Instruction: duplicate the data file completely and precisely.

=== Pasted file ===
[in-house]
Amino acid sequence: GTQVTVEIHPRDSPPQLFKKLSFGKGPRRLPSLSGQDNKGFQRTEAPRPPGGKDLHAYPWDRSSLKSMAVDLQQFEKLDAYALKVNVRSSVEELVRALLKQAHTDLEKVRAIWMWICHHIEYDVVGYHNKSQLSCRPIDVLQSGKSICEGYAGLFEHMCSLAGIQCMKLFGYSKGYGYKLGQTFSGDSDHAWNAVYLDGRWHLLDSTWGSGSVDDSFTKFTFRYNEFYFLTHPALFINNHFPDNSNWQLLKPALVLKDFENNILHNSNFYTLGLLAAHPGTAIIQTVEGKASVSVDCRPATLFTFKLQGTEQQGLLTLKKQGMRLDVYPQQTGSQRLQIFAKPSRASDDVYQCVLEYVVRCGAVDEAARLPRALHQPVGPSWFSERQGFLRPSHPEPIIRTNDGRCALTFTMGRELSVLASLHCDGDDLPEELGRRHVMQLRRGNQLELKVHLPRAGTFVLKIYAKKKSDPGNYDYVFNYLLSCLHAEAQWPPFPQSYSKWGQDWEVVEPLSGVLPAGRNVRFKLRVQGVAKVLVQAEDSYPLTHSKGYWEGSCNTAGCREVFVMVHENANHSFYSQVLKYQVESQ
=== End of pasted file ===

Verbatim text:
[in-house]
Amino acid sequence: GTQVTVEIHPRDSPPQLFKKLSFGKGPRRLPSLSGQDNKGFQRTEAPRPPGGKDLHAYPWDRSSLKSMAVDLQQFEKLDAYALKVNVRSSVEELVRALLKQAHTDLEKVRAIWMWICHHIEYDVVGYHNKSQLSCRPIDVLQSGKSICEGYAGLFEHMCSLAGIQCMKLFGYSKGYGYKLGQTFSGDSDHAWNAVYLDGRWHLLDSTWGSGSVDDSFTKFTFRYNEFYFLTHPALFINNHFPDNSNWQLLKPALVLKDFENNILHNSNFYTLGLLAAHPGTAIIQTVEGKASVSVDCRPATLFTFKLQGTEQQGLLTLKKQGMRLDVYPQQTGSQRLQIFAKPSRASDDVYQCVLEYVVRCGAVDEAARLPRALHQPVGPSWFSERQGFLRPSHPEPIIRTNDGRCALTFTMGRELSVLASLHCDGDDLPEELGRRHVMQLRRGNQLELKVHLPRAGTFVLKIYAKKKSDPGNYDYVFNYLLSCLHAEAQWPPFPQSYSKWGQDWEVVEPLSGVLPAGRNVRFKLRVQGVAKVLVQAEDSYPLTHSKGYWEGSCNTAGCREVFVMVHENANHSFYSQVLKYQVESQ